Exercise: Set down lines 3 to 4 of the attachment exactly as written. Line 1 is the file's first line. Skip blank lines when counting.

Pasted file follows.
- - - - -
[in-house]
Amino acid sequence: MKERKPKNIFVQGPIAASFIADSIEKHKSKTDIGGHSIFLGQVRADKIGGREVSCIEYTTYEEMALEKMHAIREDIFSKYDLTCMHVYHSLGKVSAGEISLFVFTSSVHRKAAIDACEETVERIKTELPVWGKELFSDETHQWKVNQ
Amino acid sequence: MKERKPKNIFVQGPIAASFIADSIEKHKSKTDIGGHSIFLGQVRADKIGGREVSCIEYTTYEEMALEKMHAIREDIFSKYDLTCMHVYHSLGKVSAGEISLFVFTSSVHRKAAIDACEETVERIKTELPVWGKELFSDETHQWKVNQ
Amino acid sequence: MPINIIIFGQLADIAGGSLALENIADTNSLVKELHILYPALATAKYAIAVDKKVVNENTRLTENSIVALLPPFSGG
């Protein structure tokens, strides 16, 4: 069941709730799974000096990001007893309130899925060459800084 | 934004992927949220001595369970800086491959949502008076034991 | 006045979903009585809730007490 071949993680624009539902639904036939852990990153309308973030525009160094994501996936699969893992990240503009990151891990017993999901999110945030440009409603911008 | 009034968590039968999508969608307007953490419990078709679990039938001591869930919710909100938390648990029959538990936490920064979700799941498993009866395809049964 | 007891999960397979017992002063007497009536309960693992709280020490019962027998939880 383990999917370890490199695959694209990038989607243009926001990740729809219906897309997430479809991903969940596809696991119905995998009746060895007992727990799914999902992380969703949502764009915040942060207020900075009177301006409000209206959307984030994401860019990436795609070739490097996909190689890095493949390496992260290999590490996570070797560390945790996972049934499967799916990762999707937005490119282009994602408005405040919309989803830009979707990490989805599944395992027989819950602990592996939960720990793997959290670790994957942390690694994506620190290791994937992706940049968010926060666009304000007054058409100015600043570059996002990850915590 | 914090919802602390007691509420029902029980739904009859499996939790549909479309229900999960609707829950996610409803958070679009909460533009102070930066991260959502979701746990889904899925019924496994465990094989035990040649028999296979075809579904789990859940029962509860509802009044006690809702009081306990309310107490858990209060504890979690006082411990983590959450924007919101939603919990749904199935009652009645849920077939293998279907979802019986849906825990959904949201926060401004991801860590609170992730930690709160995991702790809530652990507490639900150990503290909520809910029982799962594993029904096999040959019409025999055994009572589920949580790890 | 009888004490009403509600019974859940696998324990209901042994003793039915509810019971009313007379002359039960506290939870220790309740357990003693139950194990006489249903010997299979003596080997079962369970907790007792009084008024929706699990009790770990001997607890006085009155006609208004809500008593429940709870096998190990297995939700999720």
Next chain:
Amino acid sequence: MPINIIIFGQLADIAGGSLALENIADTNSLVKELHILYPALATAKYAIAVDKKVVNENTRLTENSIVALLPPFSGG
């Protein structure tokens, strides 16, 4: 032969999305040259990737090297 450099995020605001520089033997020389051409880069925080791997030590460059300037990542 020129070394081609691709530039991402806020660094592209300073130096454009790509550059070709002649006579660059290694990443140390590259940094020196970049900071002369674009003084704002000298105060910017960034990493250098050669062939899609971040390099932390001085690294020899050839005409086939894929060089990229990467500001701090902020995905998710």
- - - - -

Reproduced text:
Amino acid sequence: MKERKPKNIFVQGPIAASFIADSIEKHKSKTDIGGHSIFLGQVRADKIGGREVSCIEYTTYEEMALEKMHAIREDIFSKYDLTCMHVYHSLGKVSAGEISLFVFTSSVHRKAAIDACEETVERIKTELPVWGKELFSDETHQWKVNQ
Amino acid sequence: MPINIIIFGQLADIAGGSLALENIADTNSLVKELHILYPALATAKYAIAVDKKVVNENTRLTENSIVALLPPFSGG